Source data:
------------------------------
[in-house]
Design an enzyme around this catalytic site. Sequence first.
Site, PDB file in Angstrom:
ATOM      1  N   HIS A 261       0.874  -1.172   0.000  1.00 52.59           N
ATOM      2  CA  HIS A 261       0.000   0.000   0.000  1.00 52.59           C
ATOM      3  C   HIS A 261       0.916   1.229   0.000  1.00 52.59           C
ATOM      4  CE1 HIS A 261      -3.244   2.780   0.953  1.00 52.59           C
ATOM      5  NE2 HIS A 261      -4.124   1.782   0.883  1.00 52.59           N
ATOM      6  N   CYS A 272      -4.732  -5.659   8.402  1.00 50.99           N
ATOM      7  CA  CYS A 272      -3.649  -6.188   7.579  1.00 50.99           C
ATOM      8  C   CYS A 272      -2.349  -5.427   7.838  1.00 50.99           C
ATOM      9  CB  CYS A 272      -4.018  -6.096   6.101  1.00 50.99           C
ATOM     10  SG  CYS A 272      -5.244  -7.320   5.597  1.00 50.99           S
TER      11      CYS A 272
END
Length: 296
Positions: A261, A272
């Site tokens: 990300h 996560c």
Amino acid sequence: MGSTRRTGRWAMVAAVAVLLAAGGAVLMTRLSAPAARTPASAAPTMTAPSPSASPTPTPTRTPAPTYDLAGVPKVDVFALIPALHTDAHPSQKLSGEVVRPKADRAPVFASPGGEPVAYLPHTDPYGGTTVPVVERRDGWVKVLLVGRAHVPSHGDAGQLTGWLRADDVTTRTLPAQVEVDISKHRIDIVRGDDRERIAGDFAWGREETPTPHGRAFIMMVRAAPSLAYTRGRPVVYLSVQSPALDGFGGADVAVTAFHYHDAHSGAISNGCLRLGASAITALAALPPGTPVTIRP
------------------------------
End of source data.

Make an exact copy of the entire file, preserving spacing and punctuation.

[in-house]
Design an enzyme around this catalytic site. Sequence first.
Site, PDB file in Angstrom:
ATOM      1  N   HIS A 261       0.874  -1.172   0.000  1.00 52.59           N
ATOM      2  CA  HIS A 261       0.000   0.000   0.000  1.00 52.59           C
ATOM      3  C   HIS A 261       0.916   1.229   0.000  1.00 52.59           C
ATOM      4  CE1 HIS A 261      -3.244   2.780   0.953  1.00 52.59           C
ATOM      5  NE2 HIS A 261      -4.124   1.782   0.883  1.00 52.59           N
ATOM      6  N   CYS A 272      -4.732  -5.659   8.402  1.00 50.99           N
ATOM      7  CA  CYS A 272      -3.649  -6.188   7.579  1.00 50.99           C
ATOM      8  C   CYS A 272      -2.349  -5.427   7.838  1.00 50.99           C
ATOM      9  CB  CYS A 272      -4.018  -6.096   6.101  1.00 50.99           C
ATOM     10  SG  CYS A 272      -5.244  -7.320   5.597  1.00 50.99           S
TER      11      CYS A 272
END
Length: 296
Positions: A261, A272
């Site tokens: 990300h 996560c």
Amino acid sequence: MGSTRRTGRWAMVAAVAVLLAAGGAVLMTRLSAPAARTPASAAPTMTAPSPSASPTPTPTRTPAPTYDLAGVPKVDVFALIPALHTDAHPSQKLSGEVVRPKADRAPVFASPGGEPVAYLPHTDPYGGTTVPVVERRDGWVKVLLVGRAHVPSHGDAGQLTGWLRADDVTTRTLPAQVEVDISKHRIDIVRGDDRERIAGDFAWGREETPTPHGRAFIMMVRAAPSLAYTRGRPVVYLSVQSPALDGFGGADVAVTAFHYHDAHSGAISNGCLRLGASAITALAALPPGTPVTIRP